Timer::Elapsed Event


Occurs when the interval elapses.

Namespace:   System.Timers
Assembly:  System (in System.dll)

event ElapsedEventHandler^ Elapsed {
	void add(ElapsedEventHandler^ value);
	void remove(ElapsedEventHandler^ value);

The Elapsed event is raised if the Enabled property is true and the time interval (in milliseconds) defined by the Interval property elapses. If the AutoReset property is true, the event is raised repeatedly at an interval defined by the Interval property; otherwise, the event is raised only once, the first time the Interval value elapses.

If Interval is set after the Timer has started, the count is reset. For example, if you set the interval to 5 seconds and then set Enabled to true, the count starts at the time Enabled is set. If you reset the interval to 10 seconds when count is 3 seconds, the Elapsed event is raised for the first time 13 seconds after Enabled was set to true.

If the SynchronizingObject property is null,the Elapsed event is raised on a ThreadPool thread. If the processing of the Elapsed event lasts longer than Interval, the event might be raised again on another ThreadPool thread. In this situation, the event handler should be reentrant.


The event-handling method might run on one thread at the same time that another thread calls the Stop method or sets the Enabled property to false. This might result in the Elapsed event being raised after the timer is stopped. The example code for the Stop method shows one way to avoid this race condition.

Even if SynchronizingObject is not null, Elapsed events can occur after the Dispose or Stop method has been called or after the Enabled property has been set to false, because the signal to raise the Elapsed event is always queued for execution on a thread pool thread. One way to resolve this race condition is to set a flag that tells the event handler for the Elapsed event to ignore subsequent events.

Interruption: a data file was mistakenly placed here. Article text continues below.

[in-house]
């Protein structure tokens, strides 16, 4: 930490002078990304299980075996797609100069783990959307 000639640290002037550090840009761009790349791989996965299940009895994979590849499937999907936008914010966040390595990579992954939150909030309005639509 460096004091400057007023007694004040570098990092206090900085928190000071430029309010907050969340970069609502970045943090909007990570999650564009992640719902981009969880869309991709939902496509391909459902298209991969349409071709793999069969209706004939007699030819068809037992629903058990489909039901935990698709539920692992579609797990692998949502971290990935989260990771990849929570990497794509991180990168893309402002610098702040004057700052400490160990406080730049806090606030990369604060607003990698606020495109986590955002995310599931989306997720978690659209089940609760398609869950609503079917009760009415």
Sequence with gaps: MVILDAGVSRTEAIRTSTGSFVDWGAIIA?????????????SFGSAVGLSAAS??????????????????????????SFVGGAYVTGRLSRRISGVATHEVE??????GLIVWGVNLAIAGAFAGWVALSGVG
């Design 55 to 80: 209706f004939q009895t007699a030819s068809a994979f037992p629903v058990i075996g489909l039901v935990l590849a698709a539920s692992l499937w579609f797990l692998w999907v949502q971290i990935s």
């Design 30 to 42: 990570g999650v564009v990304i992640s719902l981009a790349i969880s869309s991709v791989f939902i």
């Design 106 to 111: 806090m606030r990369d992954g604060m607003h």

The Timer component catches and suppresses all exceptions thrown by event handlers for the Elapsed event. This behavior is subject to change in future releases of the .NET Framework.

The following example instantiates a Timer object that fires its Timer::Elapsed event every two seconds (2000 milliseconds), sets up an event handler for the event, and starts the timer. The event handler displays the value of the ElapsedEventArgs::SignalTime property each time it is raised.

// Use this code inside a project created with the Visual C++ > CLR > CLR Console Application template. 
// Replace the code in the default .cpp file with this code. 

#include "stdafx.h"
#using <system.dll>

using namespace System;

// To avoid confusion with other Timer classes, this sample always uses the fully-qualified
// name of System::Timers::Timer instead of a using statement for System::Timer.

public ref class Example
    static System::Timers::Timer^ aTimer;

    static void Demo()
        // Normally, the timer is declared at the class level, so that it stays in scope as long as it
        // is needed. If the timer is declared in a long-running method, KeepAlive must be used to prevent
        // the JIT compiler from allowing aggressive garbage collection to occur before the method ends.
        // You can experiment with this by commenting out the class-level declaration and uncommenting 
        // the declaration below; then uncomment the GC.KeepAlive(aTimer) at the end of the method.        
        //System::Timers::Timer^ aTimer; 

        // Create a timer and set a two second interval.
        aTimer = gcnew System::Timers::Timer();
        aTimer->Interval = 2000;

        // Alternate method: create a Timer with an interval argument to the constructor.
        //aTimer = gcnew System::Timers::Timer(2000);

        // Hook up the Elapsed event for the timer. 
        aTimer->Elapsed += gcnew System::Timers::ElapsedEventHandler(Example::OnTimedEvent);

        // Have the timer fire repeated events (true is the default)
        aTimer->AutoReset = true;

        // Start the timer
        aTimer->Enabled = true;

        Console::WriteLine("Press the Enter key to exit the program at any time... ");

        // If the timer is declared in a long-running method, use KeepAlive to prevent garbage collection
        // from occurring before the method ends.  

    static void OnTimedEvent(Object^ source, System::Timers::ElapsedEventArgs^ e)
        Console::WriteLine("The Elapsed event was raised at {0}", e->SignalTime);


int main()

// This example displays output like the following: 
//       Press the Enter key to exit the program at any time... 
//       The Elapsed event was raised at 5/20/2015 8:48:58 PM 
//       The Elapsed event was raised at 5/20/2015 8:49:00 PM 
//       The Elapsed event was raised at 5/20/2015 8:49:02 PM 
//       The Elapsed event was raised at 5/20/2015 8:49:04 PM 
//       The Elapsed event was raised at 5/20/2015 8:49:06 PM 

.NET Framework
Available since 1.1
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